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Nope is the short answer. But in general you're expected to have a grasp of the fundamentals of statistics, some software engineering, Python and/or R, knowledge of the various algorithmic approaches, and a host of traits which really make a data scientist: curiosity, persistence, determination, flexibility, adaptability, detail oriented, conscientious, really like a challenge, resourceful, good interpersonal skills, ability to convey the complex in simple terms... In many ways I think it's almost more about the traits than the training.

But yeah, where I've worked that's generally what we look for in candidates.

What is astonishing to me is how there seems to be 1) a dearth of candidates, period, and 2) candidates we can dig up miss scheduled calls, show up late for interviews, interview very poorly, turn in poor quality take home exercises (an exercise which essentially just covers the basics), have really crappy resumes (typos, horrible layout, inconsistencies with LinkedIn profile, etc...)--and these are folks with experience as statisticians or data scientists. Amazing.

We don't ask anything deep or complex either, yet we've had a really hard time finding people.






The chief data scientist at my last job said a Data Scientist knows more programming than your average statistician and more statistics than your average programmer. There's this venn diagram he used to show with the intersection of skills for the different disciplines involved - some math, some engineering, some communications.

I think there's also an intersection with devops skills, maybe less important, but your hardcore statisticians usually put zero thought into operational considerations. Really the last bastion of "works on my machine" thinkers in the computing world. I just finished the Coursera "Reproducible Research" course and I was really struck how many of those principles parallel good software engineering practices - use source control, document through code, separate your environment from your code, automate as much as you possibly can, etc. I've been a software engineer for 20+ years but I want to get into data science partly because I've always been a data head, just without the theoretical background to do really interesting work, but also because I think I can bring some of the software engineering skills to bear.

Also, with grading peer's work on Coursera, I really realize that a lot of these candidates need help with their English and presentation skills. Many of the students put no work at all into the presentation, I imagine that's going to serve them poorly in the working world.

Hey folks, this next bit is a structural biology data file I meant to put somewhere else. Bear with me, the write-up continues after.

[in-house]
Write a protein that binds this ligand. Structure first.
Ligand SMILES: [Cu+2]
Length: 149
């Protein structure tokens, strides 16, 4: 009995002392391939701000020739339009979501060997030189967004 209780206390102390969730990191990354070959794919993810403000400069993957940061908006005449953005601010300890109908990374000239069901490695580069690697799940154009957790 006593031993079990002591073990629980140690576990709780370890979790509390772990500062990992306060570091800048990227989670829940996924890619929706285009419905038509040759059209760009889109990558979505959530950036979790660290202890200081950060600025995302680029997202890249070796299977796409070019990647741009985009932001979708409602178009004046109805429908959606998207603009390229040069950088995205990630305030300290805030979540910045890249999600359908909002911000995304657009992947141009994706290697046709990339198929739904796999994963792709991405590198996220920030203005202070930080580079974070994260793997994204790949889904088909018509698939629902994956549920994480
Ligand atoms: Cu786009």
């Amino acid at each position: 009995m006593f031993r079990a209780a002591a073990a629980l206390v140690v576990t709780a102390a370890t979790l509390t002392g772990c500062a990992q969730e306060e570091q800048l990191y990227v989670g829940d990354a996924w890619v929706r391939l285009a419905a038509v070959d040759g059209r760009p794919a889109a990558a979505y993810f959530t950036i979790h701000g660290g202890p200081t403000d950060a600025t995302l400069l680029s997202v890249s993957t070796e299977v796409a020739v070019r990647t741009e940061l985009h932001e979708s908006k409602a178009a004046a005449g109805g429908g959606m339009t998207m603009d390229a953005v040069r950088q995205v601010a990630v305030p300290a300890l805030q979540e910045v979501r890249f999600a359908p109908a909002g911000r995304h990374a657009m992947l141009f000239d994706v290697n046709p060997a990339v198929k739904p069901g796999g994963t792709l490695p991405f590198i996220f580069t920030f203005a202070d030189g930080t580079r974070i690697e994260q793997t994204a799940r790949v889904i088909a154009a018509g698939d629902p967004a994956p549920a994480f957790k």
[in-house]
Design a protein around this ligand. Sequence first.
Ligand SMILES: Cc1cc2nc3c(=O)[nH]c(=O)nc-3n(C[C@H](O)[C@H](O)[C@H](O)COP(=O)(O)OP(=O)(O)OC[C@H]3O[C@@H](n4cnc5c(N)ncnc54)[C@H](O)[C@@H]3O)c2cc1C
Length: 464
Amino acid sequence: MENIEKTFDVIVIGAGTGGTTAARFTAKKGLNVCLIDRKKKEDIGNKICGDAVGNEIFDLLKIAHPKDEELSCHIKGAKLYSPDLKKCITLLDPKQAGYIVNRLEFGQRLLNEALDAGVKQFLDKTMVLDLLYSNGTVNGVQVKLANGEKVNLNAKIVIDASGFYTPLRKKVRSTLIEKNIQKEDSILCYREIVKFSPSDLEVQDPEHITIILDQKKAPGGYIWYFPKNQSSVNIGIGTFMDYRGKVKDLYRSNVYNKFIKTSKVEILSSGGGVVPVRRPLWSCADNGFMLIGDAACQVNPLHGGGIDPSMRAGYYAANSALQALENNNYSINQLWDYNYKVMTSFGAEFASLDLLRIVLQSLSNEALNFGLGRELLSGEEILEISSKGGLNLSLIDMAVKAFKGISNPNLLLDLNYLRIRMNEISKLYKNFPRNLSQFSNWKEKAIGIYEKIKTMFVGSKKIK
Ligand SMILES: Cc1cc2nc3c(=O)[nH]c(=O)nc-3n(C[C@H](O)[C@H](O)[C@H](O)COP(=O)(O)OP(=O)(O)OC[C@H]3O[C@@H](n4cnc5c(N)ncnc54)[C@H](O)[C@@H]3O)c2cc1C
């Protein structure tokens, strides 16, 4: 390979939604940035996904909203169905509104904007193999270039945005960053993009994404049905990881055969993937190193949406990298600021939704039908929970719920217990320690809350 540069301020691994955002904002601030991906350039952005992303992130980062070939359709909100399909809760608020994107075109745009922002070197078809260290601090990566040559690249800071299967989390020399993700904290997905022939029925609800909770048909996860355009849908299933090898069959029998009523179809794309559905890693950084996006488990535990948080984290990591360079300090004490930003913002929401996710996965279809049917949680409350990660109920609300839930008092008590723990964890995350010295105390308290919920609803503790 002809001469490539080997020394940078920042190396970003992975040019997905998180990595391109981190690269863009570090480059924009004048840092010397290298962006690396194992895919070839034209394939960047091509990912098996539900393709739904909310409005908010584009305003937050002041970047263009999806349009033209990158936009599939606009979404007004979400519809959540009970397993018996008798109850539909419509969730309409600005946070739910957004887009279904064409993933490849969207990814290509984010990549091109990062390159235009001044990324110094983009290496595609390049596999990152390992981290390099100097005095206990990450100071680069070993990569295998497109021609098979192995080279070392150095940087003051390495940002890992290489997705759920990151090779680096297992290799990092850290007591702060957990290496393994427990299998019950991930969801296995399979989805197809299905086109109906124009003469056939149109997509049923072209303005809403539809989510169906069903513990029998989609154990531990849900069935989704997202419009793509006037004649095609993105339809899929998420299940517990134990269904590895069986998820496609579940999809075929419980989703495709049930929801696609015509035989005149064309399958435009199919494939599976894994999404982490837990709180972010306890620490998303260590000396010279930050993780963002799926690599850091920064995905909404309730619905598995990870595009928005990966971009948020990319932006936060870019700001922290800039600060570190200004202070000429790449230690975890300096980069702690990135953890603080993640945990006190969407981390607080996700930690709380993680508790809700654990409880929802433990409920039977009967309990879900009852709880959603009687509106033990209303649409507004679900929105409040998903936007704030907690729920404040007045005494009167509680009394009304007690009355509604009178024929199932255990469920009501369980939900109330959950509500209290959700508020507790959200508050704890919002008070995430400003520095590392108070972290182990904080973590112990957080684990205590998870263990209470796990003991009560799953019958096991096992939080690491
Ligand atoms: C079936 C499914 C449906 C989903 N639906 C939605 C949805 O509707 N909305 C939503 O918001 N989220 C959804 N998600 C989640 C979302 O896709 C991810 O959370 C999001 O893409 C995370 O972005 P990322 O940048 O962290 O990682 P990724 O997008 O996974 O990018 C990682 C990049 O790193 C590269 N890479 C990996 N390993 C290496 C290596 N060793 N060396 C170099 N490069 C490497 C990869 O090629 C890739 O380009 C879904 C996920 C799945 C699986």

The way I've heard it from others in this forum, is that a DS is a combination of three jobs. They are analysts, in that they can work with data and squeeze insights out of it and they know enough about the business to know that the numbers mean and what differences matter. They are software developers, in that they can build actual software solutions to access and manipulate data, rather than relying purely on shake-n-bake existing tools. This helps them deal with very large data sets that are beyond conventional analyst tools such as spreadsheets. And finally they are experts in stats/ai/math who can build and evaluate sophisticated mathematical models.

It seems to me that's an awful lot to fit between one pair of ears.


I don't know much about hiring (so my opinion isn't worth much), but I assume you're using "data scientist" as the job title? If that's the case, it might be the reason for some of the difficulty you're experiencing. The way I see it, "Data Scientist" as a job title has only been around for ~8 years, and there is currently way too much hype surrounding the phrase. I've seen a lot of posters on HN and elsewhere acknowledge that they are trying to land this type of job just for the title, in order to get it on their resume.

I would be interested to find out if you are using the phrase, and what would happen to your search for candidates if you changed the title to something less "sexy"[1], like "data analyst"?



Thanks. From what you've seen, what kind of background experience (education, line of work, etc) is necessary for a candidate to even get an interview (i.e. things that you see on a resume)?



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